The Work Environment

Migraine Management Toolkit

Workplace Strategies: The Work Environment

Migraine affects adults during prime working years and can be debilitating, impacting productivity due to frequent worker absences. Many sufferers continue to try and work with symptoms, resulting in increased presenteeism (being on the job but not functioning optimally). Employees suffering with migraine often feel guilty about missing work and/or not performing well on the job, and are embarrassed about how their performance impacts co-workers. Many migraine sufferers hide their condition from their bosses and fellow employees, fearing that they will be seen as unable to cope.

What can an employer do?

There are simple actions employers can take to mitigate the negative impact of migraine in the workplace and promote a more open work environment. It is important to create a situation where common stigmas are eliminated and those suffering with migraine feel comfortable coming forward and asking for what they need. For example, a migraine sufferer may need an employer’s help and/or permission to remove triggers from their work area or adjust their work schedule. This process begins with creating awareness by educating all employees and manager/supervisors about what migraine is, what to expect when someone has an attack and how to provide support.

Workplace accommodations

The workplace can be filled with migraine triggers and some of these can be handled by the employee without an employer’s support. These include effectively managing diet and stress, dialing down the brightness on the computer screen, staying well hydrated, and taking breaks from sitting at a computer.

There are a number of migraine-related accommodations that an employer can make without too much added cost or disruption. For example, allowing a flexible work schedule and/or telecommuting where possible can help when a migraine takes an employee away from their job and they need to make up missed days, they feel a migraine coming on and/or are recovering from an attack. This set up can also allow the employee to work hours at home where there are fewer triggers that cause migraine (e.g. noise).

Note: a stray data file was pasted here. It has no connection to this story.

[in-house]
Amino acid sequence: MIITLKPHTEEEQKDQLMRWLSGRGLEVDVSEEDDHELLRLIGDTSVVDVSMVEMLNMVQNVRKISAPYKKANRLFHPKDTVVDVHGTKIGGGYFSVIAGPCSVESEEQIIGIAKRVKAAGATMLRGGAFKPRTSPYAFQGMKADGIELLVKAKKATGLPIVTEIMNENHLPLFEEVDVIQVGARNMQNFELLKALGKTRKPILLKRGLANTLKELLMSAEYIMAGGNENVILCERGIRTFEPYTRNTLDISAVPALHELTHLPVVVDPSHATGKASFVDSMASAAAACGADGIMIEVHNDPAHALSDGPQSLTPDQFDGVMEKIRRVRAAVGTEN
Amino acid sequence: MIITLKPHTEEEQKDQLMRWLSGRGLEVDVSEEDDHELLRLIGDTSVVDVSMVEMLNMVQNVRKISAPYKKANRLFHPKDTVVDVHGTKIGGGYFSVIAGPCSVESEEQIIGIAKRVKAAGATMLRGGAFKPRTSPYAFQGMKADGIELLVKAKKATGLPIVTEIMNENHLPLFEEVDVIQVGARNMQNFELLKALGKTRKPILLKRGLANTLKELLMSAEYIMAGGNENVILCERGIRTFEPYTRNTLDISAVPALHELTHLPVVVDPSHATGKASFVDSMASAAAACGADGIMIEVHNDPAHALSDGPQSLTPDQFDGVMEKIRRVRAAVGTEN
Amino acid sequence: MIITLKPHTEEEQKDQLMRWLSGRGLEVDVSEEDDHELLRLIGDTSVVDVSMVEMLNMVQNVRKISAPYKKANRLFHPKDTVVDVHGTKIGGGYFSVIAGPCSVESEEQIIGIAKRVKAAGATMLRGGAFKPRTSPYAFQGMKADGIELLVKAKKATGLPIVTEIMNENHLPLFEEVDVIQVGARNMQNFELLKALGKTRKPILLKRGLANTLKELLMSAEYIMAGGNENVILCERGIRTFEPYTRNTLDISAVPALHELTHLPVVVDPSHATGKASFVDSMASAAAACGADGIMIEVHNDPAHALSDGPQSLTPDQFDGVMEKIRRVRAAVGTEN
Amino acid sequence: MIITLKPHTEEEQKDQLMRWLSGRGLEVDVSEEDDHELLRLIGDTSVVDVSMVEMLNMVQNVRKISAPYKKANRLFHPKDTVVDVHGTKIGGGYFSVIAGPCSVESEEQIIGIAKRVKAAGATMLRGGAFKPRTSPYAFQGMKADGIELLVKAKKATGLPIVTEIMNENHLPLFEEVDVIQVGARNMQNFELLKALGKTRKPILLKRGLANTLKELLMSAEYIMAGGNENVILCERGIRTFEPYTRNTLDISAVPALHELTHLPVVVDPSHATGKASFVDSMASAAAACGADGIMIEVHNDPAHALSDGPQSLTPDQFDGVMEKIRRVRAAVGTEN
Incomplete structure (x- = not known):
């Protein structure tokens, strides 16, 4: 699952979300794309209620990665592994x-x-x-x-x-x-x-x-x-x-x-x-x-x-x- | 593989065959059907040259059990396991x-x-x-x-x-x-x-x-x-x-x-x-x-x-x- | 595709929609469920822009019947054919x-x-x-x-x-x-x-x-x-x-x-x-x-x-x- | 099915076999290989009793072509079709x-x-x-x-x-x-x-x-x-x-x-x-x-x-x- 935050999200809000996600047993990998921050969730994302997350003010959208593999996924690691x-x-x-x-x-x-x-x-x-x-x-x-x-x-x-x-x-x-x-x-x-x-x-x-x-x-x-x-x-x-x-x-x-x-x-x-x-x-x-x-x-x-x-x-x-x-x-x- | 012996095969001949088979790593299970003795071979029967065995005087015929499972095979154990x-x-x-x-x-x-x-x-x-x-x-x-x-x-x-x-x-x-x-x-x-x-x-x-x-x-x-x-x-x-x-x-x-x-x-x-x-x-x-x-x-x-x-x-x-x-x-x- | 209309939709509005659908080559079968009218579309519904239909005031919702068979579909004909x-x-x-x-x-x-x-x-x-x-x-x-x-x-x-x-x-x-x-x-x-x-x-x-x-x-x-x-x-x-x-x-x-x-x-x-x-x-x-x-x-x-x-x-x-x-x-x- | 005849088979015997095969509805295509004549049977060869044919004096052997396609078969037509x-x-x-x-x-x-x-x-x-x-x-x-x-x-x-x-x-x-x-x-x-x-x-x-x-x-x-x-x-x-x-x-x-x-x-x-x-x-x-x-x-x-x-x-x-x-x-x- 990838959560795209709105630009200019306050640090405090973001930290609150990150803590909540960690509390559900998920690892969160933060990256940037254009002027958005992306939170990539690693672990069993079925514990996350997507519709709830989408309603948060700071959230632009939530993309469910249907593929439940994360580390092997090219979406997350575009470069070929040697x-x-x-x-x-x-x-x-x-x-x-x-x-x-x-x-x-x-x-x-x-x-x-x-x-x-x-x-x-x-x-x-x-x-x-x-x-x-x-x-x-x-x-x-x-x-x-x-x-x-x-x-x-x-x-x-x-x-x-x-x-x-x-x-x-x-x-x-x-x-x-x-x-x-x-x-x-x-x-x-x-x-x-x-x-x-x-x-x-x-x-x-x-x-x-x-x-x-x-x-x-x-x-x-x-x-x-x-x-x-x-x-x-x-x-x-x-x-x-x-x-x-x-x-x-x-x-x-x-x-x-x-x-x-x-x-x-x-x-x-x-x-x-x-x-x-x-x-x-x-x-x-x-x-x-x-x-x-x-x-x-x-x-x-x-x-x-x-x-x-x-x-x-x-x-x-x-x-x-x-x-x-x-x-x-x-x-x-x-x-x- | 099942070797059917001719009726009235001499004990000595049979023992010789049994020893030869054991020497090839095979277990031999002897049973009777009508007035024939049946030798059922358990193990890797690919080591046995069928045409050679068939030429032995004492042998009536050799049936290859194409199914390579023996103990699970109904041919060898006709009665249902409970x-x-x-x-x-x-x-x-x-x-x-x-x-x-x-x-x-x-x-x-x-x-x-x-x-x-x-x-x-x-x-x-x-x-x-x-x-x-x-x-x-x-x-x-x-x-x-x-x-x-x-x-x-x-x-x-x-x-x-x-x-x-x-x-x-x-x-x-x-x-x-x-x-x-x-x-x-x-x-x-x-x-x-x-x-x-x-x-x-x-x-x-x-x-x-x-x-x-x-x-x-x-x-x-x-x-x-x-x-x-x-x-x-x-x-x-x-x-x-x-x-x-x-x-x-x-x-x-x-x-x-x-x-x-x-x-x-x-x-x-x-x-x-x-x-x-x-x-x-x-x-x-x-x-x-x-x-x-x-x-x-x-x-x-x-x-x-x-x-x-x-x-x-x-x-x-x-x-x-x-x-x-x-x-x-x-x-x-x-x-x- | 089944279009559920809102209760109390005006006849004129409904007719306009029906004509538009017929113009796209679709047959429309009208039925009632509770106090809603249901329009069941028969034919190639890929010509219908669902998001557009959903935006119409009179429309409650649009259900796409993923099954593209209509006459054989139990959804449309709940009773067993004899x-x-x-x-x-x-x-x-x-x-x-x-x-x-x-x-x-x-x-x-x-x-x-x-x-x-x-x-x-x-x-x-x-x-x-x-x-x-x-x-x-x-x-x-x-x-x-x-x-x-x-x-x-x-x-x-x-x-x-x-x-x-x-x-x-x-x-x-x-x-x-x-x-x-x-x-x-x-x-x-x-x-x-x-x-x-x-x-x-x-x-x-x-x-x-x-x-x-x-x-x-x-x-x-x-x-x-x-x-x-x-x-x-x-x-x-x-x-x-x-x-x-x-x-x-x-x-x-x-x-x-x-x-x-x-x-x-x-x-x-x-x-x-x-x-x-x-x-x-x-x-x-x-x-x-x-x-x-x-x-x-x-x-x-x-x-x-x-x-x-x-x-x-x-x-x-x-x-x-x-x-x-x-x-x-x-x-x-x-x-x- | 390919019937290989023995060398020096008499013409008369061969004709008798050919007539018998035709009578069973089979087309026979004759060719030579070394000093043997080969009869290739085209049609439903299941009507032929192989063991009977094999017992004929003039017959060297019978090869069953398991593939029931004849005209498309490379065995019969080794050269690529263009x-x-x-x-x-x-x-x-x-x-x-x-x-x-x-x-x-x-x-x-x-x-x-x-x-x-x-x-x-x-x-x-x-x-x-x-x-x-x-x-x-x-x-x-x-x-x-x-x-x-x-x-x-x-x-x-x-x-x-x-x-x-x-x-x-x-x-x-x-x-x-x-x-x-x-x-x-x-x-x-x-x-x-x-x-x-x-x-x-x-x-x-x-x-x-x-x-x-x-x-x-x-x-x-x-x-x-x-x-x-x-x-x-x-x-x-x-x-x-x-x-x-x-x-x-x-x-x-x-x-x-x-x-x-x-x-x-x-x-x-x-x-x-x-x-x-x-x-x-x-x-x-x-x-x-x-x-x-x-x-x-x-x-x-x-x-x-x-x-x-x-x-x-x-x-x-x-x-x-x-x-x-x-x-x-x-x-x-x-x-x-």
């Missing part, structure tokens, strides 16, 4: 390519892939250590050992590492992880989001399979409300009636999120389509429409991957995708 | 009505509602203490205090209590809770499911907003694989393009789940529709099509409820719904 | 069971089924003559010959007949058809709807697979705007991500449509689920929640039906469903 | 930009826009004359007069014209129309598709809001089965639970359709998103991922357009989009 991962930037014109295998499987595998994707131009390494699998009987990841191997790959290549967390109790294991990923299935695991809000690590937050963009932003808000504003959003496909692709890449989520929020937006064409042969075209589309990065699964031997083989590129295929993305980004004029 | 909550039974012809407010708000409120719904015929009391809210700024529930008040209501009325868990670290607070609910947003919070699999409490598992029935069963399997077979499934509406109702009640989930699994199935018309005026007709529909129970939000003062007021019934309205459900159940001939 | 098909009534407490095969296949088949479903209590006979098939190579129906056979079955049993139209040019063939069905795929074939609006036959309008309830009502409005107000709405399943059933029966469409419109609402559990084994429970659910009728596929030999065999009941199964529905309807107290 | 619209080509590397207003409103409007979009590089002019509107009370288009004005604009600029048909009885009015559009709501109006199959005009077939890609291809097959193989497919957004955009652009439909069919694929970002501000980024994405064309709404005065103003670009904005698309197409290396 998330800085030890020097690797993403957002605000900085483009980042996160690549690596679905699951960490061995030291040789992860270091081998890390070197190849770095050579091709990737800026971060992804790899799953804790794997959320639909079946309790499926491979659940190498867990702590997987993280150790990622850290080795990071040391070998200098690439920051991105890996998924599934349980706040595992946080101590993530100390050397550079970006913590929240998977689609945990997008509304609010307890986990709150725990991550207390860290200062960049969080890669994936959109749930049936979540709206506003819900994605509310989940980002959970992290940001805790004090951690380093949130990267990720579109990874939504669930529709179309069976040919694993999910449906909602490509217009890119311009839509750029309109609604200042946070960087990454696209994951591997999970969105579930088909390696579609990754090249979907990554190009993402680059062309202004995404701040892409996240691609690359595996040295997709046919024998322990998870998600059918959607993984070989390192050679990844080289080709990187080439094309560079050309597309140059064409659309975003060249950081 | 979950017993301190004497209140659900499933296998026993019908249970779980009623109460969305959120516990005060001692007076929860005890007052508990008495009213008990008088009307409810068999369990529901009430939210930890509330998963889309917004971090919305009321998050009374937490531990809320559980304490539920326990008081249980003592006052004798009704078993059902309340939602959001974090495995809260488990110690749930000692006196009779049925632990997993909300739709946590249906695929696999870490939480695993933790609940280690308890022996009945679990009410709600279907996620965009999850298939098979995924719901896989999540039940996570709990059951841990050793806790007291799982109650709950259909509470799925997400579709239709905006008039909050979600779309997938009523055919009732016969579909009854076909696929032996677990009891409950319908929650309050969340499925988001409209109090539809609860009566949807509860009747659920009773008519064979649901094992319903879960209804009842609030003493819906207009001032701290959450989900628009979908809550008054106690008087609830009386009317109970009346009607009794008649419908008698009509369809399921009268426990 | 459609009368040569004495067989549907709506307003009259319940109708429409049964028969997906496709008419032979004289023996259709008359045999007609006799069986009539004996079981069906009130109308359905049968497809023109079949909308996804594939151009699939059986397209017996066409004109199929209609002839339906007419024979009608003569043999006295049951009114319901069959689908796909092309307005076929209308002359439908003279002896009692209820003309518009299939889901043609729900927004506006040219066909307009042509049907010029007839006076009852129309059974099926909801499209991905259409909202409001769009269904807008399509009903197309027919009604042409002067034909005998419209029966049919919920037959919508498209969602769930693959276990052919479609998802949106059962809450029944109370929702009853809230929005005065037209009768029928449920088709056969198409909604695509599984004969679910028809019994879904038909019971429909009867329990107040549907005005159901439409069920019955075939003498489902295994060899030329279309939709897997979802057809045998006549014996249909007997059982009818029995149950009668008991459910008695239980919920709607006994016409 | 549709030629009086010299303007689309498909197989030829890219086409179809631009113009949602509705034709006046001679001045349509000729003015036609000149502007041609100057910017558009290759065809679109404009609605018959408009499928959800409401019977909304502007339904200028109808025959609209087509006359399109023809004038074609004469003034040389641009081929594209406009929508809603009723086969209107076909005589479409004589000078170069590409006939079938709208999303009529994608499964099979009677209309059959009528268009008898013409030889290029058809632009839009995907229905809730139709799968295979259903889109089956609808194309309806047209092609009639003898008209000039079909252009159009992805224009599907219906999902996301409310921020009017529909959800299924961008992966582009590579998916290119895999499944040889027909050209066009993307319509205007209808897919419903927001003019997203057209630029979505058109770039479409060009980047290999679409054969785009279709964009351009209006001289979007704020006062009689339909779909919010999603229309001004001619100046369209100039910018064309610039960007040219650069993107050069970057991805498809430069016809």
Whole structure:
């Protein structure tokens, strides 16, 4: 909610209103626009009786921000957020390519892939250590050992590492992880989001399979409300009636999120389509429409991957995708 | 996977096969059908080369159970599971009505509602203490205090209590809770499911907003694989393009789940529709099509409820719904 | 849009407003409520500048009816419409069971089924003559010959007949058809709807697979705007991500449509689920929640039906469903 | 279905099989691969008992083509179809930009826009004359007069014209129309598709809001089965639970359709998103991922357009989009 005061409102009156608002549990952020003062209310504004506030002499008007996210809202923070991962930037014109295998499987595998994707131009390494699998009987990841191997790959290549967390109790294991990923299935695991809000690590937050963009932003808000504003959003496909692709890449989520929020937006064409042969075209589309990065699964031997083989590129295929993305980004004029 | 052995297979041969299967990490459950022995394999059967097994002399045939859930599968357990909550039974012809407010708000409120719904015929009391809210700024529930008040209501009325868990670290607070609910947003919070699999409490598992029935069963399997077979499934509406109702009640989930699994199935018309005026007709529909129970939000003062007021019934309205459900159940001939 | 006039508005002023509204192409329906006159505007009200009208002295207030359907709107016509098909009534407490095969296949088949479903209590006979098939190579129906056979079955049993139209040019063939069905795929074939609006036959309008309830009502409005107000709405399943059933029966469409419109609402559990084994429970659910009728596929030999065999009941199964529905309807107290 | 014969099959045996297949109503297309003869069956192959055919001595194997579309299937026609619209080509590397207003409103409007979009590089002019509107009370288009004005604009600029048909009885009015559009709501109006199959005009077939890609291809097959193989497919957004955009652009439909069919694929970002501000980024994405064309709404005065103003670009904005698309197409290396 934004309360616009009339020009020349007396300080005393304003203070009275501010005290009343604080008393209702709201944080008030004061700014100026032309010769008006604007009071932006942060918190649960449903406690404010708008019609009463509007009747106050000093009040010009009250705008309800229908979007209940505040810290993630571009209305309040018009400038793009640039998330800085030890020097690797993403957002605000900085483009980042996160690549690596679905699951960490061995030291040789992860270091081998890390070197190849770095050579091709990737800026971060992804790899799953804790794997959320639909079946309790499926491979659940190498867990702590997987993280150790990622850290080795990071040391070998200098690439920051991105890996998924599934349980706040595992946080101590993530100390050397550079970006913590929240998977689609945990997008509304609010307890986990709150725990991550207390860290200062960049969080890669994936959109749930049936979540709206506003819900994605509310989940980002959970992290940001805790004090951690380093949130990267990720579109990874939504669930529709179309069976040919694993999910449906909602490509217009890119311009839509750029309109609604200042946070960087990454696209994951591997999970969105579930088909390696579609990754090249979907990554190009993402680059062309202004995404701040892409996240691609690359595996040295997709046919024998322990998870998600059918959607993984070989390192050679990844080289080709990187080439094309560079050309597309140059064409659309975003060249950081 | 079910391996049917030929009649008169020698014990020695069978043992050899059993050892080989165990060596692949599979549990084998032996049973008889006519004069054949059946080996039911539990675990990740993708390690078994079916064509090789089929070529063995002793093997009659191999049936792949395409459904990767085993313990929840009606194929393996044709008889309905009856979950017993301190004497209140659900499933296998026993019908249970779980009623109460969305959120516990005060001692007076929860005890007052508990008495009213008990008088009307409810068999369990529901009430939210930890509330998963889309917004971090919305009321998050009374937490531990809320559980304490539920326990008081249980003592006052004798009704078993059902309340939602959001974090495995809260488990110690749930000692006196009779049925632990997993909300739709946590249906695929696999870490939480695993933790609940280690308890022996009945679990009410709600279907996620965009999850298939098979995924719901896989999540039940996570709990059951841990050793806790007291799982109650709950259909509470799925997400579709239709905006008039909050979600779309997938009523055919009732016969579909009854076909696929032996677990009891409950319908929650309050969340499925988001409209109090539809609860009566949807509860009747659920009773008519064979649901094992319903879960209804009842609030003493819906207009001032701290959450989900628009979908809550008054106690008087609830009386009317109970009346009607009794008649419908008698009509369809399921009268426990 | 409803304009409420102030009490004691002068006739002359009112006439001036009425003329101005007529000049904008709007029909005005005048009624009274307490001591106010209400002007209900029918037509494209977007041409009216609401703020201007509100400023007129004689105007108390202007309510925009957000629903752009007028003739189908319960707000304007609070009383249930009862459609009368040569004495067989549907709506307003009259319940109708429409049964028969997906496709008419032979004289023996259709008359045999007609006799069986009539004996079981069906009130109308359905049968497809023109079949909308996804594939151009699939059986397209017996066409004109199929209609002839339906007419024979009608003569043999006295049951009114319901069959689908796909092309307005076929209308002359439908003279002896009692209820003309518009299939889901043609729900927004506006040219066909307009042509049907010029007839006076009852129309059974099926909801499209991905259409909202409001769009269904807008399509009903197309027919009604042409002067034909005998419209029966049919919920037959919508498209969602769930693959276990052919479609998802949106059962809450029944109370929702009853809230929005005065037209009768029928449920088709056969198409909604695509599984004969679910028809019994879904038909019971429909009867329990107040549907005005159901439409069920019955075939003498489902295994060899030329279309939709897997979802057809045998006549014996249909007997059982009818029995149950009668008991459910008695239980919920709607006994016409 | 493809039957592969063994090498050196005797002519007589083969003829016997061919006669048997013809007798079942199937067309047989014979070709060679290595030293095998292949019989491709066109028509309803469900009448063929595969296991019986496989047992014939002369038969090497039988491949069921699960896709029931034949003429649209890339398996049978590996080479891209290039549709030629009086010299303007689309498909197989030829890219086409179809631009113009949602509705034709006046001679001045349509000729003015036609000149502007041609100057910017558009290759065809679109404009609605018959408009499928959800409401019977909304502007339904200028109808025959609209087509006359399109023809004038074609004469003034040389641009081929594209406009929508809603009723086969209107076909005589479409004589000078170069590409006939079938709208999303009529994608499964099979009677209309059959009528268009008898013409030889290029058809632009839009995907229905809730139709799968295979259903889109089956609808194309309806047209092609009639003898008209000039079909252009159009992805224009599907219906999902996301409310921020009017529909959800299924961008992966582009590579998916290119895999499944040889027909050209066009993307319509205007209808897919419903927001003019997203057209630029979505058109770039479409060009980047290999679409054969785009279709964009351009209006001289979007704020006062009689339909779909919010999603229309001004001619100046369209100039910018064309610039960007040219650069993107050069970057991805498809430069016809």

According to the SHRM 2017 Employee Benefits Report, many employers offer these benefits for all employees, not just for migraine sufferers:

  • 62% of respondents allowed some type of telecommuting
  • 59% allowed this on an ad-hoc basis (intermittently throughout the year or as a one-time event)
  • 57% offered flextime (allowing employees to choose their work hours within limits established by employer)

In the same survey, 15% of employers reported offering an onsite quiet room for personal use (e.g. meditation, prayer) and available if a migraine occurs.

What about the workstation?

Another area that can be the source of migraine triggers is the workstation. These steps can help reduce frequency of migraine in the workplace:

  • Properly position the chair and computer to reduce muscle strain
  • Reduce computer glare – anti-glare monitor covers can help with this
  • Adjust overhead fluorescent lighting and add natural light (e.g. a desk top lamp)
  • Reduce loud noise either by allowing use of ear plugs and/or white noise machines

If accommodations at a specific workstation are not possible, allowing the individual to move to a more suitable work space if available is also an option. This is especially important when the existing space is prone to loud noise, bright lights and/or strong smells, all common migraine triggers.